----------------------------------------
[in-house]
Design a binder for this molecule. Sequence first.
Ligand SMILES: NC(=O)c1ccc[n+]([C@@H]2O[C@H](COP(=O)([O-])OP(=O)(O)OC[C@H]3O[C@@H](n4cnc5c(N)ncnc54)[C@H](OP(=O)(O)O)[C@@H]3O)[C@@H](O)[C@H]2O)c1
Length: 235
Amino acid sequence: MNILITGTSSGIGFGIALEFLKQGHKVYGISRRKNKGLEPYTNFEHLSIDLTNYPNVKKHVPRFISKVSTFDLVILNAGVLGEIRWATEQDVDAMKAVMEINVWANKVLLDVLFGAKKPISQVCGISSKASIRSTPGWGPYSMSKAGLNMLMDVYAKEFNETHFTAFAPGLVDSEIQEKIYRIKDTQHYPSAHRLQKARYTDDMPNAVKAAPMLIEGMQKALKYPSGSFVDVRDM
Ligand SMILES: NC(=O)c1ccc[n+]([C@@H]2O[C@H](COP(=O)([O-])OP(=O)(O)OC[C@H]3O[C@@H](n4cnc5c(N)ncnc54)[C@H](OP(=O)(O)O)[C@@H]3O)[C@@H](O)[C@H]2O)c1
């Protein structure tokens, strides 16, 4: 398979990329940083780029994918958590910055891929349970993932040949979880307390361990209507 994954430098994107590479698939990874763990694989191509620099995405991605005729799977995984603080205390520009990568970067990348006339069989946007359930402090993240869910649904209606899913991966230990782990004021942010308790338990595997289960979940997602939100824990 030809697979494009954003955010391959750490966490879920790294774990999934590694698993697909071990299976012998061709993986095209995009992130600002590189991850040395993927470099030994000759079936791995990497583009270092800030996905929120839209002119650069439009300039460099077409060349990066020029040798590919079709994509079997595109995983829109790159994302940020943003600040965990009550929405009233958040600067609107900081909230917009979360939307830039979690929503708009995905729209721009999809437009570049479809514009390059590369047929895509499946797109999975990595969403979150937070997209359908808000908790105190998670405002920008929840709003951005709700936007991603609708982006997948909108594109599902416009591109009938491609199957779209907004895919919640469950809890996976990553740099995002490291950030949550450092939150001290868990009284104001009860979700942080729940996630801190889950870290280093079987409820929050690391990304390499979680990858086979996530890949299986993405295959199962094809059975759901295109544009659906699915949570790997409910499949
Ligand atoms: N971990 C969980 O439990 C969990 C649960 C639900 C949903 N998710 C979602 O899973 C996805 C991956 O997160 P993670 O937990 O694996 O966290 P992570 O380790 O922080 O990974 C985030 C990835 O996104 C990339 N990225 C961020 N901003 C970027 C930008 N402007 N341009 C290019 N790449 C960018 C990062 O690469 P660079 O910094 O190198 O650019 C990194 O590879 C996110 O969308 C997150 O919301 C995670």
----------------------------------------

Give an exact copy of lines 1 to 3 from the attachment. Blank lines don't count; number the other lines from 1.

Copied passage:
[in-house]
Design a binder for this molecule. Sequence first.
Ligand SMILES: NC(=O)c1ccc[n+]([C@@H]2O[C@H](COP(=O)([O-])OP(=O)(O)OC[C@H]3O[C@@H](n4cnc5c(N)ncnc54)[C@H](OP(=O)(O)O)[C@@H]3O)[C@@H](O)[C@H]2O)c1